With the discovery of the Rosetta Stone by the French, the process of deciphering hieroglyphs could begin. But early attempts were thrown off by what Professor Brier calls the "Big Mistake". Here, examine the reasons why so many scholars made the error of treating hieroglyphs like picture writing.

32 min
William Bankes and the Keys to Decipherment

06: William Bankes and the Keys to Decipherment

Learn how several key discoveries showed how to decipher hieroglyphs the right way, and also shaped our understanding of ancient Egypt. First: a bilingual obelisk that extended the Egyptian alphabet. Second: the "Hall of Ancients", which contained the longest list of pharaohs ever discovered.

31 min
Jean-François Champollion Cracks the Code

07: Jean-François Champollion Cracks the Code

Meet Jean- François Champollion, the first man in 2,000 years to read hieroglyphs and correct the "Big Mistake". After studying Champollion's vital contribution to the field, you'll spend time learning how to read and write biliterals: hieroglyphs that represent two sounds, one after the other.CHECK THIS RECORD

31 min
Suffix Pronouns and the Hieroglyphs of Ptah

08: Suffix Pronouns and the Hieroglyphs of Ptah

In the first half of this lecture, learn how to work with suffix pronouns (which, unlike in English, are the same for possessive and nominative). Then, discover what hieroglyphs reveal about the role of the creator god Ptah in Egyptian religion-and his close connection with writing and words.CHECK THIS RECORD

32 min
The Immortal Scribe

09: The Immortal Scribe

First, continue working on suffix pronouns with several English-to-hieroglyph sentence translations. Then, unpack the hidden meaning of the scarab beetle hieroglyph (kheper). Finally, learn about the scribes responsible for writing everything from cattle inventories to Books of the Dead, then learn about the medium on which they wrote, papyrus.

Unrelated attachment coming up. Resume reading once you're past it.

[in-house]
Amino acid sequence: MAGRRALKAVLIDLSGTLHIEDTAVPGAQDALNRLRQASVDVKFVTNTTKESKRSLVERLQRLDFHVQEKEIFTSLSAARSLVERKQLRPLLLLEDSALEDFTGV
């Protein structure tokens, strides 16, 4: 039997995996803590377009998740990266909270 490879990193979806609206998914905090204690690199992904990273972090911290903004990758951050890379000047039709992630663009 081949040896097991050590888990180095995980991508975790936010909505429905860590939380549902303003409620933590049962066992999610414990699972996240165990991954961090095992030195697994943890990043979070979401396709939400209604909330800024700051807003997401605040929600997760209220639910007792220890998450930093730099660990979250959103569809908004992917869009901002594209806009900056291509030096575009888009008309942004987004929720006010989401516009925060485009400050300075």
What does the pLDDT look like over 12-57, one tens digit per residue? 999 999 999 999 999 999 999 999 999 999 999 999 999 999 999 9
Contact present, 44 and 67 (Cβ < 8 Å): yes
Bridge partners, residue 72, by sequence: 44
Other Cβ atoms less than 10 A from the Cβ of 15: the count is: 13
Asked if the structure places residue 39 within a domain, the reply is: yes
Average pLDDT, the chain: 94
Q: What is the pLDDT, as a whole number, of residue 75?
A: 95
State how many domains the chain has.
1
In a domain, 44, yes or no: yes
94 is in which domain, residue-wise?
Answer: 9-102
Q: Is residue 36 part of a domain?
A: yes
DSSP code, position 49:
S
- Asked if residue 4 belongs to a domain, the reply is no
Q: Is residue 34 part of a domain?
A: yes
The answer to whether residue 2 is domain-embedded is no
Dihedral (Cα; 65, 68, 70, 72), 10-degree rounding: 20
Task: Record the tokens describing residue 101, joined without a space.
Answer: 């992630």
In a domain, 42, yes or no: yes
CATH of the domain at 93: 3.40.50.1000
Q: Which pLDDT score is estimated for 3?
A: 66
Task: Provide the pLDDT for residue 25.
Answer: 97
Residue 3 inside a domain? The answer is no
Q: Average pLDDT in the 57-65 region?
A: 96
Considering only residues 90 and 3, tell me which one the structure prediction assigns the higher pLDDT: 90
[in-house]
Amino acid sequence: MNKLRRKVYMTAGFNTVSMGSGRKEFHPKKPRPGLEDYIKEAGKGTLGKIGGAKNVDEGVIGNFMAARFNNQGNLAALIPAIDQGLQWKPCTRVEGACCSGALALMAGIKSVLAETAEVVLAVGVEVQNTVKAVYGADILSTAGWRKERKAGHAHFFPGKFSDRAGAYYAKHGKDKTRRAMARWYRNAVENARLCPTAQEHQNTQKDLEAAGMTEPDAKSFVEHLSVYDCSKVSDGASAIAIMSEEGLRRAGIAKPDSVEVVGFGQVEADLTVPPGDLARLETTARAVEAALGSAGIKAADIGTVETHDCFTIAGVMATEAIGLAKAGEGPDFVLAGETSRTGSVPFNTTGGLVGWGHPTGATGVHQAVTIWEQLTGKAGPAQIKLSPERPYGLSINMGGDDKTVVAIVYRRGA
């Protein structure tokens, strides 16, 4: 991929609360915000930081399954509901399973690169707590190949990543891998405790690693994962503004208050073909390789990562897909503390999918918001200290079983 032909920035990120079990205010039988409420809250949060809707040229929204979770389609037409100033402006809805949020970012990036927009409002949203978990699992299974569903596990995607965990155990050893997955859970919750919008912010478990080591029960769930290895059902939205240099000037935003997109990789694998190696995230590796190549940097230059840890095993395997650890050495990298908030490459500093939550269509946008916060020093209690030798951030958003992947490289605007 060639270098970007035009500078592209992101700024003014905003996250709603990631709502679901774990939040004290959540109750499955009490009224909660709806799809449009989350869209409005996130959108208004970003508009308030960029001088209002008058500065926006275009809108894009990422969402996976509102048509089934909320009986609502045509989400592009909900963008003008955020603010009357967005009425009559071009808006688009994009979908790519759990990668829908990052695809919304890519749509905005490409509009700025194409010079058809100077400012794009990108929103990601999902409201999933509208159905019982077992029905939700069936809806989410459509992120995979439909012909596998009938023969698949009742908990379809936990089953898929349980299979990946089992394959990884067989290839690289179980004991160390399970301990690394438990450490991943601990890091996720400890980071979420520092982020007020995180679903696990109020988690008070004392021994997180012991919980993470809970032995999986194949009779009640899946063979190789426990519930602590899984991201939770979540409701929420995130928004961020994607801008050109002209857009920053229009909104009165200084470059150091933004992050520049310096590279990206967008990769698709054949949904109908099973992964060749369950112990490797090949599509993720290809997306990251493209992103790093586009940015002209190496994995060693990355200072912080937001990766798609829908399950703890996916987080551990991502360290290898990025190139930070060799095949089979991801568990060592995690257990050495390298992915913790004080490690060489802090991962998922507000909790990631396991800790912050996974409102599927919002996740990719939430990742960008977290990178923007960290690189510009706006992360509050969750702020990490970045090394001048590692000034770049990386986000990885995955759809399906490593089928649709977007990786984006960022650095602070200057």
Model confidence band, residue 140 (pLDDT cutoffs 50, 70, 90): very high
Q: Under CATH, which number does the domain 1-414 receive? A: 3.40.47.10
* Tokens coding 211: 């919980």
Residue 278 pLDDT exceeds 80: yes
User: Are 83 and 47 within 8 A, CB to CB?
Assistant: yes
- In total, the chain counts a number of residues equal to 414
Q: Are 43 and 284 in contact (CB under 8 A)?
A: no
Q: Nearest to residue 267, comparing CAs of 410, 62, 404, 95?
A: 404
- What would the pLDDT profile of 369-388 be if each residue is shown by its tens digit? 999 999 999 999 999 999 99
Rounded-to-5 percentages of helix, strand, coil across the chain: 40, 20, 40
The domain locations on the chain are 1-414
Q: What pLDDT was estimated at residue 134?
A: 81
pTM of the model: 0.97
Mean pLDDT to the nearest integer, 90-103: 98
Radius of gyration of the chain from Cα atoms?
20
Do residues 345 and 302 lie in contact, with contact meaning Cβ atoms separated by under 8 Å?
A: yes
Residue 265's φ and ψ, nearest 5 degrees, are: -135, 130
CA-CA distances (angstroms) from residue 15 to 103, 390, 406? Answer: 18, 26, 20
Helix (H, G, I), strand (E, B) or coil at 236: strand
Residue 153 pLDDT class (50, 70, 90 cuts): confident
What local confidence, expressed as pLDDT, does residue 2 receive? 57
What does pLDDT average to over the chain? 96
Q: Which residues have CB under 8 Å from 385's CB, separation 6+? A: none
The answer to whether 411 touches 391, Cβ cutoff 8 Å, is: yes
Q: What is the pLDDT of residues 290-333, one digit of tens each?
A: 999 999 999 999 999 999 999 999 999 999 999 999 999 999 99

31 min
Hieroglyphs and the Bible

10: Hieroglyphs and the Bible

After giving you a few more pointers on suffix pronouns (including an unusual feature of the Middle Egyptian language), Professor Brier invites you to do a little applied hieroglyphs. How does a little knowledge of hieroglyphs help us answer some biblical questions about iconic events from the book of Exodus?...

31 min
Dependent Pronouns and the Passive Voice

11: Dependent Pronouns and the Passive Voice

Dependent pronouns, as you'll learn, don't have to be added onto any other word; they stand alone and are usually the object of the verb. From there, you'll consider the first expedition to copy hieroglyphs (epigraphy), and learn about a current program designed to save inscriptions on fragile temple walls.

31 min
Past Tense and Adjectives

12: Past Tense and Adjectives

Start working with the past tense in your hieroglyphic sentences (the secret involves tacking a water sign onto a verb). Then, expand your Egyptian vocabulary to include new biliterals, as well as adjectives like "evil" and "excellent." Also, learn how to use adjectives as modifiers, predicates, and nouns....

28 min
New Ideograms Related to the Gods

13: New Ideograms Related to the Gods

From suns and pillars to flagpoles and scepters, uncover what the hieroglyphs of gods reveal about ancient Egyptian thought and belief. For example, flagpoles were the ideogram for "god" (pronounced netcher) and ram-headed scepters (pronounced was) were representations of power inspired by the god Amun....

31 min
Names of the Pharaohs

14: Names of the Pharaohs

Learn how the kings of Egypt wrote their names. Using the Sneferu stela as a guide, examine the development of a pharaoh's five royal titles: the "Horus" name, the "King of Upper and Lower Egypt" name, the "Two Ladies" name, the "Golden Horus" name, and the "Son of Re" name....